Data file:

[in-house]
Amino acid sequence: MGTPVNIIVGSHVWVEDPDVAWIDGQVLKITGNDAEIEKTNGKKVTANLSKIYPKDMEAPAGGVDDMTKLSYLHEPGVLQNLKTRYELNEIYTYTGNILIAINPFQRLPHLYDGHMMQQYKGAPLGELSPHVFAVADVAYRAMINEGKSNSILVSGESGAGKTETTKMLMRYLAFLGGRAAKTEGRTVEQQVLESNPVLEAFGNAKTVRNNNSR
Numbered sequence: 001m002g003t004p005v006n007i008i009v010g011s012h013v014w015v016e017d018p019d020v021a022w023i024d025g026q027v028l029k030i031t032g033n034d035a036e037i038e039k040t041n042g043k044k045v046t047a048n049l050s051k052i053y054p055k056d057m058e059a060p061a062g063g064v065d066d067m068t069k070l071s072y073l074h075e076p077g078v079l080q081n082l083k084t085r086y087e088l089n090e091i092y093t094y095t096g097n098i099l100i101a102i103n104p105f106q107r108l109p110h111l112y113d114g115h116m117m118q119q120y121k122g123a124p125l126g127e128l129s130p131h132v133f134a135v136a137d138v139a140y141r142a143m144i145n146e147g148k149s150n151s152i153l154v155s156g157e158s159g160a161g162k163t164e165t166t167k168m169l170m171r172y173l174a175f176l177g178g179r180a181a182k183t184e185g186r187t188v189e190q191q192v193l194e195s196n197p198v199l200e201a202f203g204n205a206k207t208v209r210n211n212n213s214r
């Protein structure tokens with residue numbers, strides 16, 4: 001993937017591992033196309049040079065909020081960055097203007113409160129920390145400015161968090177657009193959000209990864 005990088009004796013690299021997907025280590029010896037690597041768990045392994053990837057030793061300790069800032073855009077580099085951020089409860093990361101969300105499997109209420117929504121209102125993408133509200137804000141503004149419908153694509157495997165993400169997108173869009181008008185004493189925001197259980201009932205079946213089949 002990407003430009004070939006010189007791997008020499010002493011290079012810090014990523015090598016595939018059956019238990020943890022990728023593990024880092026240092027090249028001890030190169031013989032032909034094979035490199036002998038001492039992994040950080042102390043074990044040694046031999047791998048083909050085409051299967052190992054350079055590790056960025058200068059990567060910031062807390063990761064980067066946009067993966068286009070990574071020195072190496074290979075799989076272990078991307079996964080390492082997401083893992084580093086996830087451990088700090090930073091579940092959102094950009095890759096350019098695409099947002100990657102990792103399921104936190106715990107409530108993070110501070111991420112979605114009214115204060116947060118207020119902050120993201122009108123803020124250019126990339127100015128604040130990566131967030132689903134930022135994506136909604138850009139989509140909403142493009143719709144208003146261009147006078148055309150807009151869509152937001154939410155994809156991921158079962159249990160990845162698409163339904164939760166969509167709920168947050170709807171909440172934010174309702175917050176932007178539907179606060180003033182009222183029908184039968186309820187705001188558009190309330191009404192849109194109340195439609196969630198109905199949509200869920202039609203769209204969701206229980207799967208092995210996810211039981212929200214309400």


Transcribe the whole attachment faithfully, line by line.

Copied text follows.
[in-house]
Amino acid sequence: MGTPVNIIVGSHVWVEDPDVAWIDGQVLKITGNDAEIEKTNGKKVTANLSKIYPKDMEAPAGGVDDMTKLSYLHEPGVLQNLKTRYELNEIYTYTGNILIAINPFQRLPHLYDGHMMQQYKGAPLGELSPHVFAVADVAYRAMINEGKSNSILVSGESGAGKTETTKMLMRYLAFLGGRAAKTEGRTVEQQVLESNPVLEAFGNAKTVRNNNSR
Numbered sequence: 001m002g003t004p005v006n007i008i009v010g011s012h013v014w015v016e017d018p019d020v021a022w023i024d025g026q027v028l029k030i031t032g033n034d035a036e037i038e039k040t041n042g043k044k045v046t047a048n049l050s051k052i053y054p055k056d057m058e059a060p061a062g063g064v065d066d067m068t069k070l071s072y073l074h075e076p077g078v079l080q081n082l083k084t085r086y087e088l089n090e091i092y093t094y095t096g097n098i099l100i101a102i103n104p105f106q107r108l109p110h111l112y113d114g115h116m117m118q119q120y121k122g123a124p125l126g127e128l129s130p131h132v133f134a135v136a137d138v139a140y141r142a143m144i145n146e147g148k149s150n151s152i153l154v155s156g157e158s159g160a161g162k163t164e165t166t167k168m169l170m171r172y173l174a175f176l177g178g179r180a181a182k183t184e185g186r187t188v189e190q191q192v193l194e195s196n197p198v199l200e201a202f203g204n205a206k207t208v209r210n211n212n213s214r
């Protein structure tokens with residue numbers, strides 16, 4: 001993937017591992033196309049040079065909020081960055097203007113409160129920390145400015161968090177657009193959000209990864 005990088009004796013690299021997907025280590029010896037690597041768990045392994053990837057030793061300790069800032073855009077580099085951020089409860093990361101969300105499997109209420117929504121209102125993408133509200137804000141503004149419908153694509157495997165993400169997108173869009181008008185004493189925001197259980201009932205079946213089949 002990407003430009004070939006010189007791997008020499010002493011290079012810090014990523015090598016595939018059956019238990020943890022990728023593990024880092026240092027090249028001890030190169031013989032032909034094979035490199036002998038001492039992994040950080042102390043074990044040694046031999047791998048083909050085409051299967052190992054350079055590790056960025058200068059990567060910031062807390063990761064980067066946009067993966068286009070990574071020195072190496074290979075799989076272990078991307079996964080390492082997401083893992084580093086996830087451990088700090090930073091579940092959102094950009095890759096350019098695409099947002100990657102990792103399921104936190106715990107409530108993070110501070111991420112979605114009214115204060116947060118207020119902050120993201122009108123803020124250019126990339127100015128604040130990566131967030132689903134930022135994506136909604138850009139989509140909403142493009143719709144208003146261009147006078148055309150807009151869509152937001154939410155994809156991921158079962159249990160990845162698409163339904164939760166969509167709920168947050170709807171909440172934010174309702175917050176932007178539907179606060180003033182009222183029908184039968186309820187705001188558009190309330191009404192849109194109340195439609196969630198109905199949509200869920202039609203769209204969701206229980207799967208092995210996810211039981212929200214309400």